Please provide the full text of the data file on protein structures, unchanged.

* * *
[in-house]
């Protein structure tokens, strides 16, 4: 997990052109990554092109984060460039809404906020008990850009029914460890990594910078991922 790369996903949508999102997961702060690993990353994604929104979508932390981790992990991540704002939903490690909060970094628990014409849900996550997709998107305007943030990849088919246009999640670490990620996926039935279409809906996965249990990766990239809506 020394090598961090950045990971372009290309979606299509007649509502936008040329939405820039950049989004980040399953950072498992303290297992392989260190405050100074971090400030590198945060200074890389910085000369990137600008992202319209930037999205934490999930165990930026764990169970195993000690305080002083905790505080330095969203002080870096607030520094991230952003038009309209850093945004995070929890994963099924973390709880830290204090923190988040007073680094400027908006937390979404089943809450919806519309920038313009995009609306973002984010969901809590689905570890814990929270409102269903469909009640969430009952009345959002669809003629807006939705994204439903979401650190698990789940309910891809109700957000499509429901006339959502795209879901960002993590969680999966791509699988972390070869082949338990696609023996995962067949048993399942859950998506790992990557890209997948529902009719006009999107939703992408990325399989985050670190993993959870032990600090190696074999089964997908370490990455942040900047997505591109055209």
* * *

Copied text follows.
[in-house]
């Protein structure tokens, strides 16, 4: 997990052109990554092109984060460039809404906020008990850009029914460890990594910078991922 790369996903949508999102997961702060690993990353994604929104979508932390981790992990991540704002939903490690909060970094628990014409849900996550997709998107305007943030990849088919246009999640670490990620996926039935279409809906996965249990990766990239809506 020394090598961090950045990971372009290309979606299509007649509502936008040329939405820039950049989004980040399953950072498992303290297992392989260190405050100074971090400030590198945060200074890389910085000369990137600008992202319209930037999205934490999930165990930026764990169970195993000690305080002083905790505080330095969203002080870096607030520094991230952003038009309209850093945004995070929890994963099924973390709880830290204090923190988040007073680094400027908006937390979404089943809450919806519309920038313009995009609306973002984010969901809590689905570890814990929270409102269903469909009640969430009952009345959002669809003629807006939705994204439903979401650190698990789940309910891809109700957000499509429901006339959502795209879901960002993590969680999966791509699988972390070869082949338990696609023996995962067949048993399942859950998506790992990557890209997948529902009719006009999107939703992408990325399989985050670190993993959870032990600090190696074999089964997908370490990455942040900047997505591109055209």